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While each knee surgery will have its own complications, arthroscopic surgery is generally the least invasive and requires minimal recovery time compared to other surgical methods. Arthroscopic surgery entails the creation of several small incisions into which the surgeon can insert a tube, fitted with a camera and a light, allowing them to observe the joint and perform surgical procedures without the large incisions needed for open surgery.

What Are Common Arthroscopic Surgeries?

Arthroscopic knee surgery is usually used to treat conditions that don’t respond to nonsurgical treatments like rest, physical therapy, medications, or cortisone injections.

The most common arthroscopic procedures for the knee include:

  • Repair of a torn meniscus, partial meniscectomy (meniscus removal), or meniscus transplantation
  • Reconstruction of a torn anterior cruciate ligament (ACL)
  • Reconstruction of a torn posterior cruciate ligament (PCL)
  • Removal of inflamed synovial tissue
  • Trimming or reconstruction of damaged articular cartilage
  • Removal of loose fragment of bone or cartilage
  • Treatment of patella problems
  • Treatment of knee sepsis

What Is Recovery Like For Arthroscopic Surgery?

As mentioned earlier, patients generally recover faster from knee arthroscopy surgeries than from traditional open knee surgeries. Though recovery is usually more straightforward for arthroscopic knee surgeries, it’s important to follow your doctor’s instructions for managing and preventing common postoperative problems and side effects.

These postoperative problems may include:

  • Infection
  • Blood clots
  • Knee stiffness
  • Accumulation of blood in tissue
  • Bruising or swelling

Another postoperative discomfort is pain, though this is to be expected after surgery. While pain is a natural part of the healing process, your doctor will help provide forms of pain relief post-surgery. These may include short-term medications like opioids, non-steroidal anti-inflammatory drugs (NSAIDs), or local anesthetics. These medications, especially opioids, however, should be used with caution as they can be addictive. Only use opioids as directed by your doctor and safely dispose of any remainder pills after your treatment course.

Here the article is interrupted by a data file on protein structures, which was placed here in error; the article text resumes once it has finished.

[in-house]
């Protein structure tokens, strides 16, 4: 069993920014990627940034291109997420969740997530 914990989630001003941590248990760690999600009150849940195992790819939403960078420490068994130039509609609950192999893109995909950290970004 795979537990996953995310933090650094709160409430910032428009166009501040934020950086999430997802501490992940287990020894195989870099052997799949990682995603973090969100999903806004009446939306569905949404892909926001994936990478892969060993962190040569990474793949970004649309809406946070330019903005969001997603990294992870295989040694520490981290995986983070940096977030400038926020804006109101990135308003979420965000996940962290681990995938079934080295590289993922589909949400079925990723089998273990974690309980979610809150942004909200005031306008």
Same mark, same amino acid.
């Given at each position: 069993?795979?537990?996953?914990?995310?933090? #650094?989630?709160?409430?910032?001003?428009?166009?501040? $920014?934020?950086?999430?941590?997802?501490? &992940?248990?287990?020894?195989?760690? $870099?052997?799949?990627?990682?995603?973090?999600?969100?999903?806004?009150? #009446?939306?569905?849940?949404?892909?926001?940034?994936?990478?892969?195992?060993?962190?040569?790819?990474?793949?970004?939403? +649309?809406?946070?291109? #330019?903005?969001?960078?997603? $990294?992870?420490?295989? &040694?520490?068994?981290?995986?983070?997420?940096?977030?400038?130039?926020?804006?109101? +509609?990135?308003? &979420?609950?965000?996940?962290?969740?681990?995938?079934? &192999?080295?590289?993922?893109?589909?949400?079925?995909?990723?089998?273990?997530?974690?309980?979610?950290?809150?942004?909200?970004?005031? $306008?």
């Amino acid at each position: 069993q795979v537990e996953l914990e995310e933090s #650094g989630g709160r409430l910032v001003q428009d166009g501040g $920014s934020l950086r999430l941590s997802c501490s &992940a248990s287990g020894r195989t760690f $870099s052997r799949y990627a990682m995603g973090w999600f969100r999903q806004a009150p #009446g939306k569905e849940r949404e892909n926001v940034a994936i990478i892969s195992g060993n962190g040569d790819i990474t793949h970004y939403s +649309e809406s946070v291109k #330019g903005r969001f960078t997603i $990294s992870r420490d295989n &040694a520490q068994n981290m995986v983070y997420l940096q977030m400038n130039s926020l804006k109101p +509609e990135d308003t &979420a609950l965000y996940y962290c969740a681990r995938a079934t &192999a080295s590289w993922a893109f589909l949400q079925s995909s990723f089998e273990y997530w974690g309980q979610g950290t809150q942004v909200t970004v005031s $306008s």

Your doctor will also likely advise you during this time to take additional care of your knee. After surgery, you should aim to keep your knee elevated for as long as possible to prevent pain and swelling. You should also keep the dressings around your knee clean and dry and only remove them when instructed to do so by your doctor. Your doctor may also recommend the use of crutches after surgery until it is safe to bear weight on the treated leg. At home exercises or physical therapy will also help you to restore motion and strength to your leg and knee muscles and further your recovery.

What Is Recovery Like For Arthroscopic Surgery?

 While the recovery time will vary depending on the patient’s surgery and circumstances, arthroscopic surgeries are usually the least invasive and easiest to recover from. Many patients can return to most physical activities after 6-8 weeks and return to driving as soon as 1-3 weeks post-surgery. If you are experiencing knee pain and are concerned about surgery options, talk to an orthopedic surgeon to evaluate your condition, and find the best options to treat your pain.

Medical Disclaimer

The information in this article is provided for general information only. It is not intended as medical advice and should not be relied upon as a substitute for professional consultation with a healthcare provider familiar with your medical background and history.

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